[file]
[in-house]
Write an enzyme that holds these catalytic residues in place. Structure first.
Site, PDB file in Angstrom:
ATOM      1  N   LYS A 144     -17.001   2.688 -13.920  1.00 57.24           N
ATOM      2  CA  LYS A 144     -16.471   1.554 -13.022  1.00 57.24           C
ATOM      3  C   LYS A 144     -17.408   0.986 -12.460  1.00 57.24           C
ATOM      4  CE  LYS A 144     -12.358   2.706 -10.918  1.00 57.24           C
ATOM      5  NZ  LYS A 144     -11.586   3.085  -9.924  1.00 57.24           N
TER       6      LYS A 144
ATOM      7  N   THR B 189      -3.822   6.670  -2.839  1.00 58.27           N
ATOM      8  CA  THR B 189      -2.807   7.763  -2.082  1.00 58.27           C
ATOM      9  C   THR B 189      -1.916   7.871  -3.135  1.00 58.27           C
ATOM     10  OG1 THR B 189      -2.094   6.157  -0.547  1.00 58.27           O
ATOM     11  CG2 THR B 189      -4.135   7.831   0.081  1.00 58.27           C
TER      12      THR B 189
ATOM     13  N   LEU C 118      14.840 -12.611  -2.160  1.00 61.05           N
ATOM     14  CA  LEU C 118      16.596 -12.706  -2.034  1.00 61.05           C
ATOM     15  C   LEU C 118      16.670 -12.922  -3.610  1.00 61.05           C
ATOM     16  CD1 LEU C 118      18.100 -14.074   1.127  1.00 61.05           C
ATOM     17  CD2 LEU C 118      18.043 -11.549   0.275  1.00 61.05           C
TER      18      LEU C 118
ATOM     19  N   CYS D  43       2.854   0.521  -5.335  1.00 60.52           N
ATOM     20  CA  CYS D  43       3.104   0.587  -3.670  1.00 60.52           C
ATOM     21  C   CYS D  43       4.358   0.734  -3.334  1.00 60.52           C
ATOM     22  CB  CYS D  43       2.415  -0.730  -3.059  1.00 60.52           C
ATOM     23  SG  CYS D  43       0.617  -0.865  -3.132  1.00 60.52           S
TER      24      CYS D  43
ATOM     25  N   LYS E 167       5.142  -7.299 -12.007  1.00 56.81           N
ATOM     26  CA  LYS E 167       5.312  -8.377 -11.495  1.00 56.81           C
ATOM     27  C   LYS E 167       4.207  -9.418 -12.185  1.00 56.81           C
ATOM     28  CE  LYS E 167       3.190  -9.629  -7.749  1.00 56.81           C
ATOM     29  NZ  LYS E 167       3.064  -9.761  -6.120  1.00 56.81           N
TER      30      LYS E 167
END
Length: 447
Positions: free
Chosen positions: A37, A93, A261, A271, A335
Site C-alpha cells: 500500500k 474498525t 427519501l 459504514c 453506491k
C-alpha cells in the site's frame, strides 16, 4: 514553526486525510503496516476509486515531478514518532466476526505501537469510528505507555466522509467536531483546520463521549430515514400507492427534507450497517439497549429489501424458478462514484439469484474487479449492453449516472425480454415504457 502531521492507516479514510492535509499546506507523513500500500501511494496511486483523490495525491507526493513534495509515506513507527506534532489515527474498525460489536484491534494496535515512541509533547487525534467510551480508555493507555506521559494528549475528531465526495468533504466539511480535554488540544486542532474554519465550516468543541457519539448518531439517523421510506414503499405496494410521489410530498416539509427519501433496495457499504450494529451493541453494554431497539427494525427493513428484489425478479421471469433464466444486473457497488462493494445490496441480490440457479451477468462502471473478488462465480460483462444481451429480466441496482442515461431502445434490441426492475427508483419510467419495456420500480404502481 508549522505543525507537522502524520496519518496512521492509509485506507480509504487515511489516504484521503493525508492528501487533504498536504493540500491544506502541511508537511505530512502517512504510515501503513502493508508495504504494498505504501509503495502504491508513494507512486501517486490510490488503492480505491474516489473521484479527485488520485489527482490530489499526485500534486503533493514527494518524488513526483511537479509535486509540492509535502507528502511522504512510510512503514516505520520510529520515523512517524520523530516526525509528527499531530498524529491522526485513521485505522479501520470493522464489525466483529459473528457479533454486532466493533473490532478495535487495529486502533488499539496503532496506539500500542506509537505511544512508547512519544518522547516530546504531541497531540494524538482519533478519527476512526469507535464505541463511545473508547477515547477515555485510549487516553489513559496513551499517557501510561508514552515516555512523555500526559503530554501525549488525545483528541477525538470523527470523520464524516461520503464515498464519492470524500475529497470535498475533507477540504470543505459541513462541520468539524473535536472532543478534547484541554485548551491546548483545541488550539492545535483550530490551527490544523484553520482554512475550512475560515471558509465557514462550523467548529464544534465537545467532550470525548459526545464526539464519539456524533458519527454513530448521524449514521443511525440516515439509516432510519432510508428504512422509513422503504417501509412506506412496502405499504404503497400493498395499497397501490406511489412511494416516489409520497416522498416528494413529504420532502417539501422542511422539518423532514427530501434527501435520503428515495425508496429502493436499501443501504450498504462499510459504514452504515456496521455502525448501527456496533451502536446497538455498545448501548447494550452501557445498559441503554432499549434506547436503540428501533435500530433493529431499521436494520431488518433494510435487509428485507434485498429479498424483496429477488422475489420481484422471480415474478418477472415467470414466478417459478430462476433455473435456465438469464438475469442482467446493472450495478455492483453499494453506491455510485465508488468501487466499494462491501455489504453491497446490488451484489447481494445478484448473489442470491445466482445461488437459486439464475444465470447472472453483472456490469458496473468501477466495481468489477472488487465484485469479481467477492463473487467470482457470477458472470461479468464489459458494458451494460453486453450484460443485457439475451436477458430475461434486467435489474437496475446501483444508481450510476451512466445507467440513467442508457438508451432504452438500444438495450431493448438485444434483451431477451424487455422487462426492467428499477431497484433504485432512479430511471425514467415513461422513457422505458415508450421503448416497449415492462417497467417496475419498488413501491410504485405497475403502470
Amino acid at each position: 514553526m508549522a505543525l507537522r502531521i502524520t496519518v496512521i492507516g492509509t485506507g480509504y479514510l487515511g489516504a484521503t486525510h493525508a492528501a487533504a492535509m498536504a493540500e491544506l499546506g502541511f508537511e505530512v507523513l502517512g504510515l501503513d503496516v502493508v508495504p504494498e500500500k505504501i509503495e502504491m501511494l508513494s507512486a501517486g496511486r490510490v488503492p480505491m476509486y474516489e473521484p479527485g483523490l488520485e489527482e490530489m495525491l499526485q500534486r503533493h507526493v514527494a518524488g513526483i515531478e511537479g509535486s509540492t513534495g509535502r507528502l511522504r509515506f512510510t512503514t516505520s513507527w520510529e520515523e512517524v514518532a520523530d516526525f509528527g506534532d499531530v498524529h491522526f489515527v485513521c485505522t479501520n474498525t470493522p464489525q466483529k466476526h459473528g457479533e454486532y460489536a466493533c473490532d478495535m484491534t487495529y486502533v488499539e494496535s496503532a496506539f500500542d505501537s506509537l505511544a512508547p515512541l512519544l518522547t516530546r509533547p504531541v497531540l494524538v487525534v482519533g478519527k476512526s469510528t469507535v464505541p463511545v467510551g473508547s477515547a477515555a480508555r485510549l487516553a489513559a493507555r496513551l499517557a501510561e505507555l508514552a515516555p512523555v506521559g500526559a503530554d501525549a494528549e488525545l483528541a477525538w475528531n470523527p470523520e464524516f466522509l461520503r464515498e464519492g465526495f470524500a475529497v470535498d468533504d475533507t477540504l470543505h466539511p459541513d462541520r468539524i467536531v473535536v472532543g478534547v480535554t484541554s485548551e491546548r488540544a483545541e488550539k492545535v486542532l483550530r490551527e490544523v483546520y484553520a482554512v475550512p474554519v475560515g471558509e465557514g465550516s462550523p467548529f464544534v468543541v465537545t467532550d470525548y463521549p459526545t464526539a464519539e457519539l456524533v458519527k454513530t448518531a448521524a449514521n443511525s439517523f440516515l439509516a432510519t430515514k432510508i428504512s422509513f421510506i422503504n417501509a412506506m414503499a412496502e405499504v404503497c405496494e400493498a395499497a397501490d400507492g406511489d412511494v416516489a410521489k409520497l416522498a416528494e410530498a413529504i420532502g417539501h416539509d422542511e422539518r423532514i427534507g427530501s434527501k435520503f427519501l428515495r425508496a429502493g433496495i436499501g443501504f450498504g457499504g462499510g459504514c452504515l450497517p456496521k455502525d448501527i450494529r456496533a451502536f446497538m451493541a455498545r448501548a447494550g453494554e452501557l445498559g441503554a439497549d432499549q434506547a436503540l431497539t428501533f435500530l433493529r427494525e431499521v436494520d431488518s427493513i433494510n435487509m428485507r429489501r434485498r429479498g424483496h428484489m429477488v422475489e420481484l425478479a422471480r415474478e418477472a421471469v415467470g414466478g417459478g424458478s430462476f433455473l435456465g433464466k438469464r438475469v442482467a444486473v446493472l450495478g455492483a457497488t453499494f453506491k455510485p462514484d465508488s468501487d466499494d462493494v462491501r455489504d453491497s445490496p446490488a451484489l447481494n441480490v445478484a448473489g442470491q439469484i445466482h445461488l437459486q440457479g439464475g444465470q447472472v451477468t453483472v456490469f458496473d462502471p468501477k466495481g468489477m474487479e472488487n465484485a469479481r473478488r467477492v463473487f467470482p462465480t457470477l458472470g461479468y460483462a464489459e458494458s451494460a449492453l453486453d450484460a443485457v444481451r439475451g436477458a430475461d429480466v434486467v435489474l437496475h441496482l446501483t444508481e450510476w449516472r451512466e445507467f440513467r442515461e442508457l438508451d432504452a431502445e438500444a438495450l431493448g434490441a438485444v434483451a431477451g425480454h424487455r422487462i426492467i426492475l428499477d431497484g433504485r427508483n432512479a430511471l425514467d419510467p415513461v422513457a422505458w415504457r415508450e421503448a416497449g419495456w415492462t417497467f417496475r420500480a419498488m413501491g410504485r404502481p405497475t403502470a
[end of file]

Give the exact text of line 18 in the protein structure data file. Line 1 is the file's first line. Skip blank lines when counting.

ATOM     15  C   LEU C 118      16.670 -12.922  -3.610  1.00 61.05           C